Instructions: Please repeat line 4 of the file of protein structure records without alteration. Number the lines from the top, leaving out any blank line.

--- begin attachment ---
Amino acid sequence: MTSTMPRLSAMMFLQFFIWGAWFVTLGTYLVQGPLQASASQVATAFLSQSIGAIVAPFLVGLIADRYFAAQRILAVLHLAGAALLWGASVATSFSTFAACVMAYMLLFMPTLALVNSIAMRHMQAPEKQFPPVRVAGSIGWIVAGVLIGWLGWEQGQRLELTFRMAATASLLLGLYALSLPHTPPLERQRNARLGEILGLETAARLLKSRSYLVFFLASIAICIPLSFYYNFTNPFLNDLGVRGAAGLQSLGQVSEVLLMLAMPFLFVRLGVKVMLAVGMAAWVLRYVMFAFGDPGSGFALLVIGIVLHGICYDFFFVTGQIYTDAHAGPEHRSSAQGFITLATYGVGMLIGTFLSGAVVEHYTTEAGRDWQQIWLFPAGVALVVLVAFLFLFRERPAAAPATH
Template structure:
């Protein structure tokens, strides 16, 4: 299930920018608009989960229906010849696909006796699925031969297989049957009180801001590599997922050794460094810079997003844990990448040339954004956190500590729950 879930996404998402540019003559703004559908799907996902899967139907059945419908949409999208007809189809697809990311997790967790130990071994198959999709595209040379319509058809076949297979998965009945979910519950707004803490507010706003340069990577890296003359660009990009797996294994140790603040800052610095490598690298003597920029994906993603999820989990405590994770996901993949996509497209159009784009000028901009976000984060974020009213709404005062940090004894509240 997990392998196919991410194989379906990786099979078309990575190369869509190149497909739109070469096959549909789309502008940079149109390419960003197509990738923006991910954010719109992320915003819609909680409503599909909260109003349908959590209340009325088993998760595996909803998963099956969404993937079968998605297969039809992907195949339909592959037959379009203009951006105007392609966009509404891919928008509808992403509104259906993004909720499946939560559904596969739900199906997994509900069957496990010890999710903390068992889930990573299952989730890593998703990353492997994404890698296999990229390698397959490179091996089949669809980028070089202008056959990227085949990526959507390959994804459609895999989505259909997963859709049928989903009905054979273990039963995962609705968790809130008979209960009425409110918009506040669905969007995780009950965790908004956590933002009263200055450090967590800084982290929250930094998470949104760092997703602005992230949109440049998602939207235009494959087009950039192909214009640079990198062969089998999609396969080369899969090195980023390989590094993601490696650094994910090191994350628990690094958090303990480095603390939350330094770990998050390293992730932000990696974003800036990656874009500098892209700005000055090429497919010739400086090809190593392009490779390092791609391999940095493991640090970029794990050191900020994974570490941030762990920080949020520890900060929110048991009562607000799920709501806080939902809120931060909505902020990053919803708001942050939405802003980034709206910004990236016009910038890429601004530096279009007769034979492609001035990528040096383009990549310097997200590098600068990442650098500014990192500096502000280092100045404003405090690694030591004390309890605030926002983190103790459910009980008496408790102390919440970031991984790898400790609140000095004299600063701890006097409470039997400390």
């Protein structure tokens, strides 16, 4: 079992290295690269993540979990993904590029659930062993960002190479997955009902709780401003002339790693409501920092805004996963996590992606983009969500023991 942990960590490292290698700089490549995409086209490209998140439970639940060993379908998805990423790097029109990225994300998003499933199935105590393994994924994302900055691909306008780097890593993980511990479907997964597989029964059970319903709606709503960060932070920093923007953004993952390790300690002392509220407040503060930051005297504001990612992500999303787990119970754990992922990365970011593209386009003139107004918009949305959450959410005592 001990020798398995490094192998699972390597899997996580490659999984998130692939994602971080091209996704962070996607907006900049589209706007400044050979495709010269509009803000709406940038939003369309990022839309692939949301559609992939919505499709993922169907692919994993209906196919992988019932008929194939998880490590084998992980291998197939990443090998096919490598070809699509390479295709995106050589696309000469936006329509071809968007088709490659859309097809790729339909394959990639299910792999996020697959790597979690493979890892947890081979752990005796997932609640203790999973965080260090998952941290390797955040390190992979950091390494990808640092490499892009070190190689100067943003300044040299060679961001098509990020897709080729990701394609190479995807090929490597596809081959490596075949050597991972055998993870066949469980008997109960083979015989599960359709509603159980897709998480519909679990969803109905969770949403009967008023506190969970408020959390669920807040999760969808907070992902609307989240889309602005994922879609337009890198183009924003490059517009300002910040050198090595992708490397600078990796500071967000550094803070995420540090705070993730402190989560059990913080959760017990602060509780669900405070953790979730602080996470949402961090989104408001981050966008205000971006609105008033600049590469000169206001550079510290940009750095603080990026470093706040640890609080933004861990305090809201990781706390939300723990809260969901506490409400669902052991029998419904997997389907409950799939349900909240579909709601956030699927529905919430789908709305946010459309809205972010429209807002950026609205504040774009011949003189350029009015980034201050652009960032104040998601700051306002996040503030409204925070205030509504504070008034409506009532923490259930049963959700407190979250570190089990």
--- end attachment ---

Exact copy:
């Protein structure tokens, strides 16, 4: 079992290295690269993540979990993904590029659930062993960002190479997955009902709780401003002339790693409501920092805004996963996590992606983009969500023991 942990960590490292290698700089490549995409086209490209998140439970639940060993379908998805990423790097029109990225994300998003499933199935105590393994994924994302900055691909306008780097890593993980511990479907997964597989029964059970319903709606709503960060932070920093923007953004993952390790300690002392509220407040503060930051005297504001990612992500999303787990119970754990992922990365970011593209386009003139107004918009949305959450959410005592 001990020798398995490094192998699972390597899997996580490659999984998130692939994602971080091209996704962070996607907006900049589209706007400044050979495709010269509009803000709406940038939003369309990022839309692939949301559609992939919505499709993922169907692919994993209906196919992988019932008929194939998880490590084998992980291998197939990443090998096919490598070809699509390479295709995106050589696309000469936006329509071809968007088709490659859309097809790729339909394959990639299910792999996020697959790597979690493979890892947890081979752990005796997932609640203790999973965080260090998952941290390797955040390190992979950091390494990808640092490499892009070190190689100067943003300044040299060679961001098509990020897709080729990701394609190479995807090929490597596809081959490596075949050597991972055998993870066949469980008997109960083979015989599960359709509603159980897709998480519909679990969803109905969770949403009967008023506190969970408020959390669920807040999760969808907070992902609307989240889309602005994922879609337009890198183009924003490059517009300002910040050198090595992708490397600078990796500071967000550094803070995420540090705070993730402190989560059990913080959760017990602060509780669900405070953790979730602080996470949402961090989104408001981050966008205000971006609105008033600049590469000169206001550079510290940009750095603080990026470093706040640890609080933004861990305090809201990781706390939300723990809260969901506490409400669902052991029998419904997997389907409950799939349900909240579909709601956030699927529905919430789908709305946010459309809205972010429209807002950026609205504040774009011949003189350029009015980034201050652009960032104040998601700051306002996040503030409204925070205030509504504070008034409506009532923490259930049963959700407190979250570190089990």